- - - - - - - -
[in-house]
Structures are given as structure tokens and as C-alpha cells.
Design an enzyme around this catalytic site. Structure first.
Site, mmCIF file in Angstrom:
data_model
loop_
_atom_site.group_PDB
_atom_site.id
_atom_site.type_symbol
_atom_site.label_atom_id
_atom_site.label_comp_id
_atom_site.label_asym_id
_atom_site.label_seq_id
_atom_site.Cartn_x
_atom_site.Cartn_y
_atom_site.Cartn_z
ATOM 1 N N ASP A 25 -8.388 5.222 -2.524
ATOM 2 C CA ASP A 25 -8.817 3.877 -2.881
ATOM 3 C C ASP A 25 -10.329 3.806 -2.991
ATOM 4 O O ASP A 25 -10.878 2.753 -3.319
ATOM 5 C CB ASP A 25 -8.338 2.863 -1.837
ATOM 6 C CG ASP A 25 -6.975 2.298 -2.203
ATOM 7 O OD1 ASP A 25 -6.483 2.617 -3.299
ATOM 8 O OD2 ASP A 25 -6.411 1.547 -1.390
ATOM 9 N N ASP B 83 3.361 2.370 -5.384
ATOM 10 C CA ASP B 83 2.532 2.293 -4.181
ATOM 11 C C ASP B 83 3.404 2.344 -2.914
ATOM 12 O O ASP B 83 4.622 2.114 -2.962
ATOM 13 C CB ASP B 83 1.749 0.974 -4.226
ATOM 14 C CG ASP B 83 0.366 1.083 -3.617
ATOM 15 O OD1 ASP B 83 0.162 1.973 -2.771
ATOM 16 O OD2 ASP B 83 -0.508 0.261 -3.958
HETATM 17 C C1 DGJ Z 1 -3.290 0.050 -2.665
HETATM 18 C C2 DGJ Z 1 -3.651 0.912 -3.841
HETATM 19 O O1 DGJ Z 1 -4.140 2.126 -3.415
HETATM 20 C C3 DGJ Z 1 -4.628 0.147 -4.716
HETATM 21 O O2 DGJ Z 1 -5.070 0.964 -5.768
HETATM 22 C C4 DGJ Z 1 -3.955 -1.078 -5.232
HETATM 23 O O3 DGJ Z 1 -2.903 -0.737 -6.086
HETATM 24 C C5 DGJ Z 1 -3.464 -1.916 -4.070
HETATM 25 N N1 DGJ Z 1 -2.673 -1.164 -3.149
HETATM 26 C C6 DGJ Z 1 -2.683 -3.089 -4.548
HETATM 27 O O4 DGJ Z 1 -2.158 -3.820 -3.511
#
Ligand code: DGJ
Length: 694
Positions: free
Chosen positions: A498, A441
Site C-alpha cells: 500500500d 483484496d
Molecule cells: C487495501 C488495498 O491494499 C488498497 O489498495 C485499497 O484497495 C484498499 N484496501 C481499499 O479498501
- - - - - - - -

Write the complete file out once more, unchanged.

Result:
[in-house]
Structures are given as structure tokens and as C-alpha cells.
Design an enzyme around this catalytic site. Structure first.
Site, mmCIF file in Angstrom:
data_model
loop_
_atom_site.group_PDB
_atom_site.id
_atom_site.type_symbol
_atom_site.label_atom_id
_atom_site.label_comp_id
_atom_site.label_asym_id
_atom_site.label_seq_id
_atom_site.Cartn_x
_atom_site.Cartn_y
_atom_site.Cartn_z
ATOM 1 N N ASP A 25 -8.388 5.222 -2.524
ATOM 2 C CA ASP A 25 -8.817 3.877 -2.881
ATOM 3 C C ASP A 25 -10.329 3.806 -2.991
ATOM 4 O O ASP A 25 -10.878 2.753 -3.319
ATOM 5 C CB ASP A 25 -8.338 2.863 -1.837
ATOM 6 C CG ASP A 25 -6.975 2.298 -2.203
ATOM 7 O OD1 ASP A 25 -6.483 2.617 -3.299
ATOM 8 O OD2 ASP A 25 -6.411 1.547 -1.390
ATOM 9 N N ASP B 83 3.361 2.370 -5.384
ATOM 10 C CA ASP B 83 2.532 2.293 -4.181
ATOM 11 C C ASP B 83 3.404 2.344 -2.914
ATOM 12 O O ASP B 83 4.622 2.114 -2.962
ATOM 13 C CB ASP B 83 1.749 0.974 -4.226
ATOM 14 C CG ASP B 83 0.366 1.083 -3.617
ATOM 15 O OD1 ASP B 83 0.162 1.973 -2.771
ATOM 16 O OD2 ASP B 83 -0.508 0.261 -3.958
HETATM 17 C C1 DGJ Z 1 -3.290 0.050 -2.665
HETATM 18 C C2 DGJ Z 1 -3.651 0.912 -3.841
HETATM 19 O O1 DGJ Z 1 -4.140 2.126 -3.415
HETATM 20 C C3 DGJ Z 1 -4.628 0.147 -4.716
HETATM 21 O O2 DGJ Z 1 -5.070 0.964 -5.768
HETATM 22 C C4 DGJ Z 1 -3.955 -1.078 -5.232
HETATM 23 O O3 DGJ Z 1 -2.903 -0.737 -6.086
HETATM 24 C C5 DGJ Z 1 -3.464 -1.916 -4.070
HETATM 25 N N1 DGJ Z 1 -2.673 -1.164 -3.149
HETATM 26 C C6 DGJ Z 1 -2.683 -3.089 -4.548
HETATM 27 O O4 DGJ Z 1 -2.158 -3.820 -3.511
#
Ligand code: DGJ
Length: 694
Positions: free
Chosen positions: A498, A441
Site C-alpha cells: 500500500d 483484496d
Molecule cells: C487495501 C488495498 O491494499 C488498497 O489498495 C485499497 O484497495 C484498499 N484496501 C481499499 O479498501